Proton Pump Inhibitor Usage Reduces Sustained Viral Response Rates for Veterans With HIV/HCV Coinfection on Ledipasvir/Sofosbuvir

A Real-world Study From a Multicentre VA Cohort

Tzu-Hao Lee; Austin Chan; William Bryan; Lawrence Park; Mohamed Hashem; Mary Townsend; Cynthia Moylan; Rachel Britt; Steve Choi; Susanna Naggie


J Viral Hepat. 2021;28(4):630-636. 

In This Article

Abstract and Introduction


Previous studies have reported an association of proton pump inhibitor (PPI) use and decreased sustained viral response rate (SVR) in patients taking ledipasvir/sofosbuvir (LDV/SOF). The relationship between PPI usage and SVR is less clear in patients with HIV/HCV coinfection, where concomitant antiretrovirals may result in more complex drug interactions. This retrospective study evaluates the effects of acid suppression medications (PPI or H2-receptor antagonist [H2B]) use and SVR rates in patients with HIV/HCV or HCV and taking LDV/SOF in a large multicentre veteran cohort. Patients in the Veterans Affairs Health Care System who received LDV/SOF ± ribavirin from 10/10/2014 to 12/31/2015 were included. The odds ratios (OR) of PPI or H2B use for SVR were adjusted for clinical factors and with inverse probability of treatment weighting for non-random treatment selection for acid suppression medication use. There were 9703 veterans included in our final analysis. After adjustment of other clinical factors, PPI use is associated with a lower SVR in the overall cohort (95.0% vs. 96.1%, OR: 0.86, 95% CI: 0.74–0.99, p = .03, number needed to harm 90.9) and HIV/HCV coinfection subgroup (93.4% vs. 96.9%, OR: 0.47, 95% CI: 0.26–0.85, p = .01, number needed to harm 28.6). This present study reveals PPI use is associated with reduced SVR after LDV/SOF treatment, with a more significant impact in the subgroup of patients with HIV/HCV coinfection. Precautions need to be taken when using PPI and LDV/SOF in this group of patients.


Due to overlapping modes of transmission, it is estimated that 2.3 million people live with human immunodeficiency virus (HIV)/hepatitis C virus (HCV) coinfection worldwide.[1] Although historically, responses to interferon-based HCV treatment were lower for people with HIV, this changed with the approval of direct-acting antiviral (DAA) therapies.[2–4] The sustained viral response (SVR) with DAA therapy is high for people with HCV infection, regardless of concomitant HIV infection.[5–7] Thus, the approach to HCV treatment is the same for people with HCV and HIV/HCV coinfection. While response rates and treatment approaches are the same for people with HIV/HCV coinfection, there remains a need for attention to the drug-drug interactions that arise from concomitant dosing of antiretrovirals (ARVs) and DAA. Due to ARV-DAA drug interactions, there is the added risk of more complex pharmacology when additional medications with known DAA drug interactions are also prescribed.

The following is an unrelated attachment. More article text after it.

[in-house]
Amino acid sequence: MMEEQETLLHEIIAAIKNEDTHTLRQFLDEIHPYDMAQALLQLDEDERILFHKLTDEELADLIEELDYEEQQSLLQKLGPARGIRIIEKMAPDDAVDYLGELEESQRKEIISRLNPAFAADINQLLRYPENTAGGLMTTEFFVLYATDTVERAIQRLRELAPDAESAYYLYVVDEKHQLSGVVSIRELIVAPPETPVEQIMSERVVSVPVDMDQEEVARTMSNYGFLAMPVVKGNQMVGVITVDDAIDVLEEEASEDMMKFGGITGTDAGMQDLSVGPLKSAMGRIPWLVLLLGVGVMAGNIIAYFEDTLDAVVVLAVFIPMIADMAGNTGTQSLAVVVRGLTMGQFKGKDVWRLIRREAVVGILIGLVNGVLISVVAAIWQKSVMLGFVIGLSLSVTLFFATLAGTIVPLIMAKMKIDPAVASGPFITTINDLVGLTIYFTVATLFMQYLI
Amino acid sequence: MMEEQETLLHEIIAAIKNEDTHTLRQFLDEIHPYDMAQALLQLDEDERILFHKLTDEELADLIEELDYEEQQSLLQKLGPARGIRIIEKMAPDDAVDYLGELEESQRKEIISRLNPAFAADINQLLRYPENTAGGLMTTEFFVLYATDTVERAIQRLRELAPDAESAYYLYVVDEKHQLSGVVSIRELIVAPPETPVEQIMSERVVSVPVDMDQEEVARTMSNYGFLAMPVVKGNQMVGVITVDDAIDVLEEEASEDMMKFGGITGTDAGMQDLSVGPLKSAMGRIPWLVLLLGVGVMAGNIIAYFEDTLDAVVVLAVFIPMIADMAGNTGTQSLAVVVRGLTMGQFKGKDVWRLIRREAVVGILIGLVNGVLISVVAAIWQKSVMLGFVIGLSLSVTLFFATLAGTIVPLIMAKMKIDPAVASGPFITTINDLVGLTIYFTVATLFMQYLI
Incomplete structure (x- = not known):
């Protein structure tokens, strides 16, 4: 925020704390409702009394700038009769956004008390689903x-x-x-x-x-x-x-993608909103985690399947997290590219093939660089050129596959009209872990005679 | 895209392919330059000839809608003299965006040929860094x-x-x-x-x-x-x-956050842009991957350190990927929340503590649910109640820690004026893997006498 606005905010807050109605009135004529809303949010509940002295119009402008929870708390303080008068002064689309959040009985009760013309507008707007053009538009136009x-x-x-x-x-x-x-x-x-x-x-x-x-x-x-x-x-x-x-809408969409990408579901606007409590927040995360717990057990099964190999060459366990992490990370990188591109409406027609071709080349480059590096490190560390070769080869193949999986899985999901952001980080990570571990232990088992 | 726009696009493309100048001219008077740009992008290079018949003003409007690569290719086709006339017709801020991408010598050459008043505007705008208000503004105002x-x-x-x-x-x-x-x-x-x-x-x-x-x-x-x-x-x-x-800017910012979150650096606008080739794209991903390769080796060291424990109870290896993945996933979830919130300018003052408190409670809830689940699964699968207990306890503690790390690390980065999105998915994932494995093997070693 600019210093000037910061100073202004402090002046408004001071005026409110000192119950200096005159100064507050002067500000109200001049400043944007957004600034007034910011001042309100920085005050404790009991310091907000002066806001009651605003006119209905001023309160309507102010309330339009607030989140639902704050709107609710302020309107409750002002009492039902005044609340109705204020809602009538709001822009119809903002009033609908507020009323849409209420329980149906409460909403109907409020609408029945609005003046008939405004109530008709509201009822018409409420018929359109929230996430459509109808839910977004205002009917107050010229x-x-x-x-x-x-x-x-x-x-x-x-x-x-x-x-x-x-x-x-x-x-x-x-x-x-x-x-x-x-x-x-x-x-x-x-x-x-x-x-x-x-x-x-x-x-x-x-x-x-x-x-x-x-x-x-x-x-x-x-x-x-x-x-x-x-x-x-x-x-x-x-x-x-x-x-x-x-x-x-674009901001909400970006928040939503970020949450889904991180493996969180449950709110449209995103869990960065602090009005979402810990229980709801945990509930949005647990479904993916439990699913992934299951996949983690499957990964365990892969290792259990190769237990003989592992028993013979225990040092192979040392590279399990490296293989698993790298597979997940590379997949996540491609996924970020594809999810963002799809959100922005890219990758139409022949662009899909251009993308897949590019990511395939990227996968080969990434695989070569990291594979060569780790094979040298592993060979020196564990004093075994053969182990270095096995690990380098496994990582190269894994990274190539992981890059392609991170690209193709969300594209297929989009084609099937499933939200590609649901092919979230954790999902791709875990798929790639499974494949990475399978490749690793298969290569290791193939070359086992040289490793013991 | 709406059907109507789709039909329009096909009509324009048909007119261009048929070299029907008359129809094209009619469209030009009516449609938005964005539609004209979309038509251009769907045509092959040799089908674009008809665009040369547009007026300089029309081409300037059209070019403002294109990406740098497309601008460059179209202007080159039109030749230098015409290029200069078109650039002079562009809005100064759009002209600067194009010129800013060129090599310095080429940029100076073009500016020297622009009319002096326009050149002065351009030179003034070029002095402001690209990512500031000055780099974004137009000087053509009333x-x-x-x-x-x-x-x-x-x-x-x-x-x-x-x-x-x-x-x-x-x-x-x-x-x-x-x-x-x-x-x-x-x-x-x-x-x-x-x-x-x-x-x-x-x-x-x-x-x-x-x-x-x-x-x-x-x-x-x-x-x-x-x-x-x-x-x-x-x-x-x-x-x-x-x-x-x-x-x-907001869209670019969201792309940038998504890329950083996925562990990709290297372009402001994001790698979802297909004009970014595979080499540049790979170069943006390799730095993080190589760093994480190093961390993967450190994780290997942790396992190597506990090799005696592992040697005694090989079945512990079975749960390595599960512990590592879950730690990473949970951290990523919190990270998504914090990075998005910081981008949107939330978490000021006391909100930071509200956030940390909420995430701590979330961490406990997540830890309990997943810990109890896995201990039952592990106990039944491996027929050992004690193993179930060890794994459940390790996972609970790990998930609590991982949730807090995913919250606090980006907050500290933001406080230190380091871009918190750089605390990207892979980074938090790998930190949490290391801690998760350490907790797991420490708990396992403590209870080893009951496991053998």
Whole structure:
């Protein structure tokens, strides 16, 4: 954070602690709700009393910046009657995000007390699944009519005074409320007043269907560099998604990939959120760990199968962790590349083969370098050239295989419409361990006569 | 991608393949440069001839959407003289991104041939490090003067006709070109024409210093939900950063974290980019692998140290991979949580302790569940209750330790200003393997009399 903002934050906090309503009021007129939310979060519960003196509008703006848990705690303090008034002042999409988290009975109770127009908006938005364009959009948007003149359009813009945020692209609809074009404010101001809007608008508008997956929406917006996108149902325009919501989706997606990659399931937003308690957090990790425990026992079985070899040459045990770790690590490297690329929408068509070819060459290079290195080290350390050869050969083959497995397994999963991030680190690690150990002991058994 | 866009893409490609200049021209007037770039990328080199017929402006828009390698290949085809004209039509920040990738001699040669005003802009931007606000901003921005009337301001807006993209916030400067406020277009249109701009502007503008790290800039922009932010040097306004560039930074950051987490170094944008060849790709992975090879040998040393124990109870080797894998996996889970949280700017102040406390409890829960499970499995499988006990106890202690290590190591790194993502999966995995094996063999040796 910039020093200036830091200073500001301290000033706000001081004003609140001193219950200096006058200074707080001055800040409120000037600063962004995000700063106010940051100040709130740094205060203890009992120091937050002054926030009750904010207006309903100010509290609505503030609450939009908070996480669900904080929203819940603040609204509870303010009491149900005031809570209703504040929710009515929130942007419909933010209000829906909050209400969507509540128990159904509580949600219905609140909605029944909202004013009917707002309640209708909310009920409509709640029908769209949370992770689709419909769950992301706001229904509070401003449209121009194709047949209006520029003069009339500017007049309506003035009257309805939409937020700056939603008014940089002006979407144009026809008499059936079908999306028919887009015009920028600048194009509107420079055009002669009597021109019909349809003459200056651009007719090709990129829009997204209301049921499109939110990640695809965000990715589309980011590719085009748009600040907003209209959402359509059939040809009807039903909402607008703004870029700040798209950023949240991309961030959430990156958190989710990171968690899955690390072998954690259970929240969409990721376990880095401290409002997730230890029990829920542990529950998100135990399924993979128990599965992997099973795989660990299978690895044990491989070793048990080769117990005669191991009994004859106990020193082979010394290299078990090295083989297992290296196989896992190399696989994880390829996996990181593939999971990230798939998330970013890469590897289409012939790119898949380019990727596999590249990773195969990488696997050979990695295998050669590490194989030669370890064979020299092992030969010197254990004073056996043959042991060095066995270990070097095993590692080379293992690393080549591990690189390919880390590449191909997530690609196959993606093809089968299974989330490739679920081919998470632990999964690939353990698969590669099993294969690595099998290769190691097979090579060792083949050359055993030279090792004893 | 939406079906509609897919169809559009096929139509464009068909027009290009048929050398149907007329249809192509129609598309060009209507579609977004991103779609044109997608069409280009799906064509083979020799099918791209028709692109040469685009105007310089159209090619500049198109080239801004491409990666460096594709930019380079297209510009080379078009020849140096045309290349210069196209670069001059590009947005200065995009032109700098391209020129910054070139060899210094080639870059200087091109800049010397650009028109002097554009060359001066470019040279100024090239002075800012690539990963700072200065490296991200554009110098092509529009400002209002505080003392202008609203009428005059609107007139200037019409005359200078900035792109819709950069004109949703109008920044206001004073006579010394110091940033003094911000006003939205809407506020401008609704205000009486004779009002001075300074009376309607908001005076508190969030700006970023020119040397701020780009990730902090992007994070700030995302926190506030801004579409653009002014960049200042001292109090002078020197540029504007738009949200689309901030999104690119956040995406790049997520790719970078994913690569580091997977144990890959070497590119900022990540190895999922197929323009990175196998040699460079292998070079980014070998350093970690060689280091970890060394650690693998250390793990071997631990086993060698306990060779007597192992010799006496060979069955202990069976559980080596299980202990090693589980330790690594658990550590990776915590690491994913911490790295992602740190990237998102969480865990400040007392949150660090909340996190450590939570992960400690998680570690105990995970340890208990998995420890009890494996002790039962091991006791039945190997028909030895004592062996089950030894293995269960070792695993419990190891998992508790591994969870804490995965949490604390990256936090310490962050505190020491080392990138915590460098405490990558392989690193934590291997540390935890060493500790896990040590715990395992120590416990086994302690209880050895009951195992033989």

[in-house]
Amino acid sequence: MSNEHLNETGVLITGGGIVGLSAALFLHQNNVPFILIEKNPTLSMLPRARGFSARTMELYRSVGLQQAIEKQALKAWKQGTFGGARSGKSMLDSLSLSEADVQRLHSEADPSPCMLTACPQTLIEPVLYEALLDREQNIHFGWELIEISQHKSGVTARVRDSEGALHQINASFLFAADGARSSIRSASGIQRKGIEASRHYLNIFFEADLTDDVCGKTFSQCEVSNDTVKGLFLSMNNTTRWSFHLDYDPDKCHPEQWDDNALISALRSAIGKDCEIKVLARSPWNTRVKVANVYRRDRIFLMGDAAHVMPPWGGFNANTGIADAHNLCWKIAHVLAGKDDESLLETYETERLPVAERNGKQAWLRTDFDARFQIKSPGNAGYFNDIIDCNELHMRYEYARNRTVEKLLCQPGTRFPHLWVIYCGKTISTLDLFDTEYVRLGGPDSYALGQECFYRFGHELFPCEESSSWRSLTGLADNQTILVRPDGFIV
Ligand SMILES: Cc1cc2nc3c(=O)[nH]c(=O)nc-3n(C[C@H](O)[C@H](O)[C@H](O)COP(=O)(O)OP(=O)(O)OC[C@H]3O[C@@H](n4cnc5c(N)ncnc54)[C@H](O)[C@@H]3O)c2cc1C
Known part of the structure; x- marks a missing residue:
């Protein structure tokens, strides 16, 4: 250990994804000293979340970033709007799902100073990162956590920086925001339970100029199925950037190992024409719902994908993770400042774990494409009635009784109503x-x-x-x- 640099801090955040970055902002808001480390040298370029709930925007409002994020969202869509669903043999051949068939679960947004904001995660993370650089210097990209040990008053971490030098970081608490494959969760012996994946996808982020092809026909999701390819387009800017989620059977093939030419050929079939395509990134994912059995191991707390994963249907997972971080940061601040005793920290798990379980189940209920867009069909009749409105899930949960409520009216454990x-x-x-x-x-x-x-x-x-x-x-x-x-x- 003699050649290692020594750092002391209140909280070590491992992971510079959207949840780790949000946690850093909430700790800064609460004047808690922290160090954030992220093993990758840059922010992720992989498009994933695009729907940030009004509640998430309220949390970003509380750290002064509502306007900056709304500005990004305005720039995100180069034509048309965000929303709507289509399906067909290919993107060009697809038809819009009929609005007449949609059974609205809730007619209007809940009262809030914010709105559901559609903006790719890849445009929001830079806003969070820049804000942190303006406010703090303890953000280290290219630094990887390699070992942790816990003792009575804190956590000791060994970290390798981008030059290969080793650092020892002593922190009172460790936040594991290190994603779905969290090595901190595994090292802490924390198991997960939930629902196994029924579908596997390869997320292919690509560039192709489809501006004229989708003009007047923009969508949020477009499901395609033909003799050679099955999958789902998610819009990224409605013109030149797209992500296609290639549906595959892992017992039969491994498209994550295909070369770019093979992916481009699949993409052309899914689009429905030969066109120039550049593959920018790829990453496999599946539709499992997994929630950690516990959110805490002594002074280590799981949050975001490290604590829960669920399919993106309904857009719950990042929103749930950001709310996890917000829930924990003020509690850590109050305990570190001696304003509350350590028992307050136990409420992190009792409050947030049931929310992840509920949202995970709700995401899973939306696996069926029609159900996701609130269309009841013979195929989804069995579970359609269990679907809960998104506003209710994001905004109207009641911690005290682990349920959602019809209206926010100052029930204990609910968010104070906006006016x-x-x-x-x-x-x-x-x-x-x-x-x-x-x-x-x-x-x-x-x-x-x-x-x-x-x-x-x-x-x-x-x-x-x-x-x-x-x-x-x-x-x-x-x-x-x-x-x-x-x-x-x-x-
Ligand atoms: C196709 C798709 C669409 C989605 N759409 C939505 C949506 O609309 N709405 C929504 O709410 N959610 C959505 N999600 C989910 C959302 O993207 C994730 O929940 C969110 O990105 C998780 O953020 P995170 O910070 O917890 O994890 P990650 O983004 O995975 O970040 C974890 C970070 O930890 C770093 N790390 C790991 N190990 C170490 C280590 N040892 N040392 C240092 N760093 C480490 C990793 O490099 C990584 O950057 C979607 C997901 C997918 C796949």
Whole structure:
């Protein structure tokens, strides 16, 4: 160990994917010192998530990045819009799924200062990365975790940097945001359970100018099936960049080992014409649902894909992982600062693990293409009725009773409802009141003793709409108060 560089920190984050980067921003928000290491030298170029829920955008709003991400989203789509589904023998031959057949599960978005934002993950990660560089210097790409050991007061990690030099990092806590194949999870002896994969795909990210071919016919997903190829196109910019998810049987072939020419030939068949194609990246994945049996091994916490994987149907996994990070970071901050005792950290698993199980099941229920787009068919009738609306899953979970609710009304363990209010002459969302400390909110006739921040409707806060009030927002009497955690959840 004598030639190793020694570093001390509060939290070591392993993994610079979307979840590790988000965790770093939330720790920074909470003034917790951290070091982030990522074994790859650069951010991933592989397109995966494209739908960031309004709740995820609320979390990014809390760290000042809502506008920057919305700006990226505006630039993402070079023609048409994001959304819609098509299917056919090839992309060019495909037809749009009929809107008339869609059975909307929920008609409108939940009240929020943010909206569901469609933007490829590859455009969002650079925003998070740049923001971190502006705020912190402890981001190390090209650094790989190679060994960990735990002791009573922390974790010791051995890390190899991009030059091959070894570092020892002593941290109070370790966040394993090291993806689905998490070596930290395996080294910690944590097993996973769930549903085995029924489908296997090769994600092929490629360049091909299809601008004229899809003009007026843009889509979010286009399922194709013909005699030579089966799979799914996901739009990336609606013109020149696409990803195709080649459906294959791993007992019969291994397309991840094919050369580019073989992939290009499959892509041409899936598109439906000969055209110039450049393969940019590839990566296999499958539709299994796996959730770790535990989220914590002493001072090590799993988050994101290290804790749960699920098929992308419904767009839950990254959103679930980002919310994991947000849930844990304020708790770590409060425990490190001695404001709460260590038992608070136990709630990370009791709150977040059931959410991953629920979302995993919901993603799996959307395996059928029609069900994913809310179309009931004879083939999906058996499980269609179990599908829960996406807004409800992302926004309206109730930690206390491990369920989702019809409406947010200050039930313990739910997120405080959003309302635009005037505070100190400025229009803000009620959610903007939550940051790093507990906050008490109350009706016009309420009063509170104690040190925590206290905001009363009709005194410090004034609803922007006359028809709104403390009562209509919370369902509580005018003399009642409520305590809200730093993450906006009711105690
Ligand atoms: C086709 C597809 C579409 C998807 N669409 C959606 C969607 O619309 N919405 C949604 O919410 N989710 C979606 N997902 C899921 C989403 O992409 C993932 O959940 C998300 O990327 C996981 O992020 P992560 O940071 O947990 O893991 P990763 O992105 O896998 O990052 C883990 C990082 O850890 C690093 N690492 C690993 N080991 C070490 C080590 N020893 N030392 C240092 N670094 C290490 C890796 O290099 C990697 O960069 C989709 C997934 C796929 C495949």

Ledipasvir/sofosbuvir (LDV/SOF) is one of four recommended combination DAA regimen for initial treatment of chronic HCV infection. One of the more commonly encountered drug-drug interactions for LDV/SOF is the decreased solubility of ledipasvir with an increase in gastric pH, which occurs with acid suppression medications, including proton pump inhibitors (PPI) and H2-receptor antagonist (H2B).[8] According to the package insert, concomitant dosing of LDV/SOF with acid suppression medications can decrease the concentration of LDV, an effect that varies by the potency of each drug. While H2B and low-dose PPIs (omeprazole 20 mg daily or equivalent) can be administered under strict dosing schedules with LDV/SOF, a PPI dose equivalent higher than 20 mg daily while taking LDV/SOF is not recommended. Previous studies have reported an association of PPI use with reduced SVR in patients taking LDV/SOF[9,10]

For patients with HIV/HCV coinfection, the relationship between PPI use and SVR has not been extensively studied. A study focused on DAA effectiveness in veterans with HIV/HCV included 895 veterans who received 12 weeks of LDV/SOF with or without ribavirin, of which 146 had a prescription for PPI.[11] There was no significant difference in SVR for those on PPI (89.7%) and those not on PPI (91.5%). However, there was no assessment of the dose of PPI, and as this was not a primary hypothesis in the study, it is not clear how reliable the data was for daily PPI use. Previous pharmacokinetic studies showed that patients with HIV/HCV coinfection have lower concentrations of LDV compared to patients with HCV mono-infection, potentially the result of more complex drug interactions[12] or due to elevated gastric PH reported in people with HIV.[13–15] We hypothesize that adding a PPI to the ARV-DAA drug interaction may further impact the ledipasvir drug exposure and, ultimately, the SVR rate. Due to the unique challenges related to drug-drug interactions in people with HIV, it is important to identify any factors that may impact SVR.

In this study, we evaluated the effects of acid suppression medication (PPI and H2B) use on SVR rate in veterans with HCV or HIV/HCV infections treated with LDV/SOF in a large multicentre veteran cohort.